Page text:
Immigration prosecutions more than double in last four years

NY Times:

Federal prosecutions for immigration violations more than doubled in the last four years, surpassing drugs as the most frequently pursued federal crime, according to new data released Wednesday by a private research group. The change reflects a major shift in priorities since the Sept. 11 terrorist attacks.

Immigration prosecutions surged to 38,000 last year from 16,300 in 2001, as federal authorities mounted a crackdown on illegal immigration as a way of deterring terrorism, according to the Transactional Records Access Clearinghouse, a research group connected to Syracuse University that compiled the data.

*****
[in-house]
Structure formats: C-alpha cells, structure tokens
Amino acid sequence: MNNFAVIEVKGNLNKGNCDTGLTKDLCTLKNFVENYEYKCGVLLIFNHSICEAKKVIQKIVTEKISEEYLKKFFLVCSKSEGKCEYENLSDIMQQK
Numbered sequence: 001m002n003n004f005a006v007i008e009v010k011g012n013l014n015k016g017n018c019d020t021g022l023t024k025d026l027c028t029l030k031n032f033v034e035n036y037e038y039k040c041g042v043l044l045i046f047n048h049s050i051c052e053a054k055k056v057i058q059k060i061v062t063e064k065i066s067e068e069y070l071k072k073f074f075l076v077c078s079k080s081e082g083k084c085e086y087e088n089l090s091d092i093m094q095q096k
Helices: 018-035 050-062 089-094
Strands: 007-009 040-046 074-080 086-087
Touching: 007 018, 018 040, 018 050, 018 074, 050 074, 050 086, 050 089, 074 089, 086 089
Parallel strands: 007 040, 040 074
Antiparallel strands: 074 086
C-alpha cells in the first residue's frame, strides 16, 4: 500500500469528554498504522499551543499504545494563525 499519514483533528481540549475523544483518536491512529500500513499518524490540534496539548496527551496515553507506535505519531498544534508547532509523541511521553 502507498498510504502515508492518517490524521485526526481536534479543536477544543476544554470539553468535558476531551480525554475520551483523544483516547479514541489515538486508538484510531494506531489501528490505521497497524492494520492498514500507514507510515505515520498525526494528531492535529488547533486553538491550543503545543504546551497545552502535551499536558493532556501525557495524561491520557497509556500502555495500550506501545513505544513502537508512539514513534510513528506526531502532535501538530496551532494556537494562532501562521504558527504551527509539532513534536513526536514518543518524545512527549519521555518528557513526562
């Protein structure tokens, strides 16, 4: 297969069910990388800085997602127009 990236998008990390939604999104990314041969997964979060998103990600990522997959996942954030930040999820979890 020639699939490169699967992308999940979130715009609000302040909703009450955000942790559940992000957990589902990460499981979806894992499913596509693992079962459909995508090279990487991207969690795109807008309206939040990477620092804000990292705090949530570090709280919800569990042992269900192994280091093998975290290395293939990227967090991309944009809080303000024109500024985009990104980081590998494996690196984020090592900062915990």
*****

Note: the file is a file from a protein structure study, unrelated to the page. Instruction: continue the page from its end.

The study, analyzing half a million federal prosecutions, offers perhaps the firmest evidence to date of the refocusing of federal law enforcement priorities since the Sept. 11 attacks toward illegal immigration, terrorism-related offenses and gun crimes and away from drugs and white-collar crime. Prosecutions for white-collar crime dropped to 7,000 cases last year from 9,500 in 2001, the study found.

"This is a substantial shift any way you measure it," said David Burnham, co-director of the research group, which collects and analyzes federal data on law enforcement and financial issues. "We're seeing choices being made by United States attorneys and by the president about what's important and what's not, and clearly, the administration has changed the priorities of the federal law enforcement machine."


The new numbers from the Syracuse group bear out the trend. The number of cases brought by the Justice Department related to terrorism rose to nearly 800 last year from 115 in 2001....


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